5. I read this book years ago and loved it, thinking that this needs to get the film treatment (even if it was a fan-film treatment.) I actually have two copies of it, and the covers are a little different. The picture is the same, but the title of one is in the raised silver and on the other in a flat red. Definitely worth an afternoon read if you can track it down.

  6. wierd thing my name stephen j crye read book good and the head in the picture looks like me read it when first came out tried to write to publisher and forward to crye but no response just wanted to say hey

  7. anybody know if author still living let me know want to say hey thanks


  9. Billy? If you really are Ronald’s Brother I have been trying to contact him for some time but i cant seem to find anything on him. I would really like an interview with him about the book. but anyway. if you can contact me via email that would be great.

  10. Added to my favourites list and added to my blogroll.

  11. Mr. Patrick, How did you come up with Stephen Crye for a penname & a picture that looks a lot like me!!? Good book, still have a copy of it.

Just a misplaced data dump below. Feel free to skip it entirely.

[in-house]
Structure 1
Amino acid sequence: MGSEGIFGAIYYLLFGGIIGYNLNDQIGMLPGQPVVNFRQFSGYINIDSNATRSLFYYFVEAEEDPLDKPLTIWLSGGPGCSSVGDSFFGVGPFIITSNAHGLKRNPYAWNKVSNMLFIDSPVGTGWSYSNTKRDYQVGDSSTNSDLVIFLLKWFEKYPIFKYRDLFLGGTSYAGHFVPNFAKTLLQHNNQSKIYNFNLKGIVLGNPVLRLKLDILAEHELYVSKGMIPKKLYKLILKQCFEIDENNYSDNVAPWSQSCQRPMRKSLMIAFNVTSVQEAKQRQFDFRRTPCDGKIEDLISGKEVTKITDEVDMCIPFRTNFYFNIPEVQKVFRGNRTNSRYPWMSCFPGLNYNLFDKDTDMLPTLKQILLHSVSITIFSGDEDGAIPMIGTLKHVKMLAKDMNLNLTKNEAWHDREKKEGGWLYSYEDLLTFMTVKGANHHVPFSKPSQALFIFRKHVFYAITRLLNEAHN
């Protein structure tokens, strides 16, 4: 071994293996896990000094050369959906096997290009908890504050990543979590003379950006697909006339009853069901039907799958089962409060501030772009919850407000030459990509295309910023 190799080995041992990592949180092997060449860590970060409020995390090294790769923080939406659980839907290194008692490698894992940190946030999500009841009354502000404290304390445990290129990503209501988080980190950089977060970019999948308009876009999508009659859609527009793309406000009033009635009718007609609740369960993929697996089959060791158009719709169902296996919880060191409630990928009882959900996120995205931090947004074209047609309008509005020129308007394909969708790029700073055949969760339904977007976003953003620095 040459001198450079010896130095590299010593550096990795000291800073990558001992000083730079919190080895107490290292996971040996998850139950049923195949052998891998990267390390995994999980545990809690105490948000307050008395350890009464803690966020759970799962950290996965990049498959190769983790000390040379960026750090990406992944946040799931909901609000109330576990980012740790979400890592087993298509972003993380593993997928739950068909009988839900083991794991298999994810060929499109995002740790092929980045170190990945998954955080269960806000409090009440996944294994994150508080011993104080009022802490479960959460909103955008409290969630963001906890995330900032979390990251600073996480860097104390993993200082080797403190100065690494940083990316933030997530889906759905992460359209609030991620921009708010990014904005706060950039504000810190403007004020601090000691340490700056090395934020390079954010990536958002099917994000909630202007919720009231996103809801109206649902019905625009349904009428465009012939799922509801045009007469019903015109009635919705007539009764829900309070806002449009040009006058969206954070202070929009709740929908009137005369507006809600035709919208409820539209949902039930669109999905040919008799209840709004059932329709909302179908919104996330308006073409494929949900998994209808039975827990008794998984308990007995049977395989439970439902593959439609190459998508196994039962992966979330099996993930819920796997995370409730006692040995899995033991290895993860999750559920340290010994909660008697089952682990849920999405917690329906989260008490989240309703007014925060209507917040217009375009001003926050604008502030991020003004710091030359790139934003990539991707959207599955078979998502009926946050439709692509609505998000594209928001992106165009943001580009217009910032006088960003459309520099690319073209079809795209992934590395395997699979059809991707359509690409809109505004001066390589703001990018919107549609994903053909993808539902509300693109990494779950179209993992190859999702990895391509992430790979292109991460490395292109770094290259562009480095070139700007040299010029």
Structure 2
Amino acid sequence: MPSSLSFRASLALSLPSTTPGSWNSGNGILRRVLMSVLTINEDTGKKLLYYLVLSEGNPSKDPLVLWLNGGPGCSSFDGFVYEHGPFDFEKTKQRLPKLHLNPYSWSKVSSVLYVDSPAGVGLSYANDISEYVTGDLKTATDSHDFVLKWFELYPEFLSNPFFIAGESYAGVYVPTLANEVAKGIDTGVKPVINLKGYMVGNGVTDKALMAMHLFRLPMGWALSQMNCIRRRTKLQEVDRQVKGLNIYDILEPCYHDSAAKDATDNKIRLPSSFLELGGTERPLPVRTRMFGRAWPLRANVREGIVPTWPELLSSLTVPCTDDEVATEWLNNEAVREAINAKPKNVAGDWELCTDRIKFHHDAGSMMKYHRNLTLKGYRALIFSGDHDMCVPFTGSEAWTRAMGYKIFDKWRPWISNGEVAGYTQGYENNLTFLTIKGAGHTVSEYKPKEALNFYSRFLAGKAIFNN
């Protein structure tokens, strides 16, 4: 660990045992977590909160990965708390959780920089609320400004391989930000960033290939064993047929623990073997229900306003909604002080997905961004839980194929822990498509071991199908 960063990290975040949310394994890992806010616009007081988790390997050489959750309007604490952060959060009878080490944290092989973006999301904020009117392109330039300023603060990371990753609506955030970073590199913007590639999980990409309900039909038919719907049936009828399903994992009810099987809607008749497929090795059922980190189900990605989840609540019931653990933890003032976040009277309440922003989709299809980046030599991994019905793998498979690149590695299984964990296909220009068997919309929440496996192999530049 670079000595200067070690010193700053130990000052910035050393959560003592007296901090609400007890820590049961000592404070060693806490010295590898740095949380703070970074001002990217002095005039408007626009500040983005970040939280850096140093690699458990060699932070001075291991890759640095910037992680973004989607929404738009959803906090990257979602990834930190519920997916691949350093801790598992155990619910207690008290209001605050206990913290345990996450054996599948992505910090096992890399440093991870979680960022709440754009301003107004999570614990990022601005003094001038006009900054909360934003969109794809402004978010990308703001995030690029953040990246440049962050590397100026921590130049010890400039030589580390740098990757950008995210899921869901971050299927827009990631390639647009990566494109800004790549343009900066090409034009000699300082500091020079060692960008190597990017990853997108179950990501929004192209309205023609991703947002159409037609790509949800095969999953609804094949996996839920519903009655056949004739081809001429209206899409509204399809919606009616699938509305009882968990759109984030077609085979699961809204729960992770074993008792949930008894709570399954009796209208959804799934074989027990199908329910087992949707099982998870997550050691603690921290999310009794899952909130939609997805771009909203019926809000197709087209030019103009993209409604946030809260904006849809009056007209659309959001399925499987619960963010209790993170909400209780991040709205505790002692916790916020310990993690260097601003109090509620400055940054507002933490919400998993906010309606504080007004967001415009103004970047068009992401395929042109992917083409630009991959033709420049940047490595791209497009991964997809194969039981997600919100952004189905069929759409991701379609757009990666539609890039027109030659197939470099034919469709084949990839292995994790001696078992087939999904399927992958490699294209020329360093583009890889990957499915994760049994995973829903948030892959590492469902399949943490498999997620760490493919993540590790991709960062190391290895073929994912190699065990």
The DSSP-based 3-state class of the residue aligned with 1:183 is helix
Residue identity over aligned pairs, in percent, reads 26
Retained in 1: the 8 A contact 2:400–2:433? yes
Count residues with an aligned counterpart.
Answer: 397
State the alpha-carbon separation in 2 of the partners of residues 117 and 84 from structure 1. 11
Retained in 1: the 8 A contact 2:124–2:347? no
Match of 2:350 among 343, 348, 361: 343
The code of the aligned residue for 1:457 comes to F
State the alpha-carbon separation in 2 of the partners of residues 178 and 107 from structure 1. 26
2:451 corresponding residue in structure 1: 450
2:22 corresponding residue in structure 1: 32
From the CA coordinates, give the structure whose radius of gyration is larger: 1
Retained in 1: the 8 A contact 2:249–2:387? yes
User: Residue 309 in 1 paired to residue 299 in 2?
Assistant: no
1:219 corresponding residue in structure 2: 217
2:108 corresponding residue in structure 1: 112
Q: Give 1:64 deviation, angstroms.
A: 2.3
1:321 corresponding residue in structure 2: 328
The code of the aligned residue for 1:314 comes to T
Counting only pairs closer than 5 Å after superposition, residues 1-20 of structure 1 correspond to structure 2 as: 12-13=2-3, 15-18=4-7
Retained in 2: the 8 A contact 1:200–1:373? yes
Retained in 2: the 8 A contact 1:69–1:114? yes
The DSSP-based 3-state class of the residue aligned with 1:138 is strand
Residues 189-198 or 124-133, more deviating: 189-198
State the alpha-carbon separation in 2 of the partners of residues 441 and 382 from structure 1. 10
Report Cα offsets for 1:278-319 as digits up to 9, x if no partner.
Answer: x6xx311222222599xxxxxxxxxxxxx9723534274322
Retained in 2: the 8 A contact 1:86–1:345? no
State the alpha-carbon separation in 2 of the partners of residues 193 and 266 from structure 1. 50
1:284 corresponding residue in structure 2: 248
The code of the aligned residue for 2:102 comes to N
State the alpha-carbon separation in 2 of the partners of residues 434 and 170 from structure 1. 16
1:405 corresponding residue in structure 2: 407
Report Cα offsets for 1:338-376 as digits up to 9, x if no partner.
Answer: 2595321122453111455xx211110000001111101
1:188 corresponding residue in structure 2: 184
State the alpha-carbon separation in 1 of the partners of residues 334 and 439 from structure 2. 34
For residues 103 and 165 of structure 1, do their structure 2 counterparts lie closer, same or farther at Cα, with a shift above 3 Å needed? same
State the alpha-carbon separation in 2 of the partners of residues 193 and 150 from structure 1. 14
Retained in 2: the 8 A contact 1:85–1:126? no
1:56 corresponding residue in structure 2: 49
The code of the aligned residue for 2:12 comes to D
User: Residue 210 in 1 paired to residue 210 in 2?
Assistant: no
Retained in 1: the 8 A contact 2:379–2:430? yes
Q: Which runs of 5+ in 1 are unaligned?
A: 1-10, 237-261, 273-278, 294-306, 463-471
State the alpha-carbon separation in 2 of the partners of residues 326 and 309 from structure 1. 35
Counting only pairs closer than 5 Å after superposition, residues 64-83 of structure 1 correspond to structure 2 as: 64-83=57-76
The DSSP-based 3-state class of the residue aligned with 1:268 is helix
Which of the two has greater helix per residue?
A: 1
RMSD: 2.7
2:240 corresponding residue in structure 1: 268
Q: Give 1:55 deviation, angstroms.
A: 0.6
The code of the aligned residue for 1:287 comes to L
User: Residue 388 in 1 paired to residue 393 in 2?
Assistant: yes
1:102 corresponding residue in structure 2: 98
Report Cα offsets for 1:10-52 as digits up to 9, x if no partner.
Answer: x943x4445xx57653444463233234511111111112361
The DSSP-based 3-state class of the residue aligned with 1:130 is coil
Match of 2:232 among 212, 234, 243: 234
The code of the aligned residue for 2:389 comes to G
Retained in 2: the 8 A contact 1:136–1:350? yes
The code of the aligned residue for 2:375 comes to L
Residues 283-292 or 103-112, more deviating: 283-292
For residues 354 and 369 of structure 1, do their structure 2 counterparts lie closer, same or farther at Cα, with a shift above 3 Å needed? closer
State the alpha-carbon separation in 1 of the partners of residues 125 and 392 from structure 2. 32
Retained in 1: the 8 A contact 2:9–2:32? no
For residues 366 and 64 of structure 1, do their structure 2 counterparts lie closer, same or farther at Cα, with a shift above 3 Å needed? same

12. No Marty…I read “Joyride” back in ’83 when it was released. I was living in Japan at the time and purchased the book at the post bookstore. I was about 14 or 15 years old and I remember finishing it in three days. I thought they brought it to the big screen in 2001, but alas, that was an entirely different story. However, the story has stayed with me for 27 years and I would like to get my hands on a copy to read it again.

  13. I just got this in from eBay, along with a few other “slasher novels” (Slay Bells, Deadly Detention, Apeshit, and Clawhammer).

    Can’t wait to read it! I wouldn’t have even known about (or Deadly Detention, for that matter) if it hadn’t been for this website.

  14. The guys behind the shorts Attack of the Killer Refrigerator and The Hook of Woodland Heights were going to make a film based on this. They mention it in a behind-the-scenes things done for Hook.

  15. I read this book in 1985 and loved it. Has been one of the best i ever read.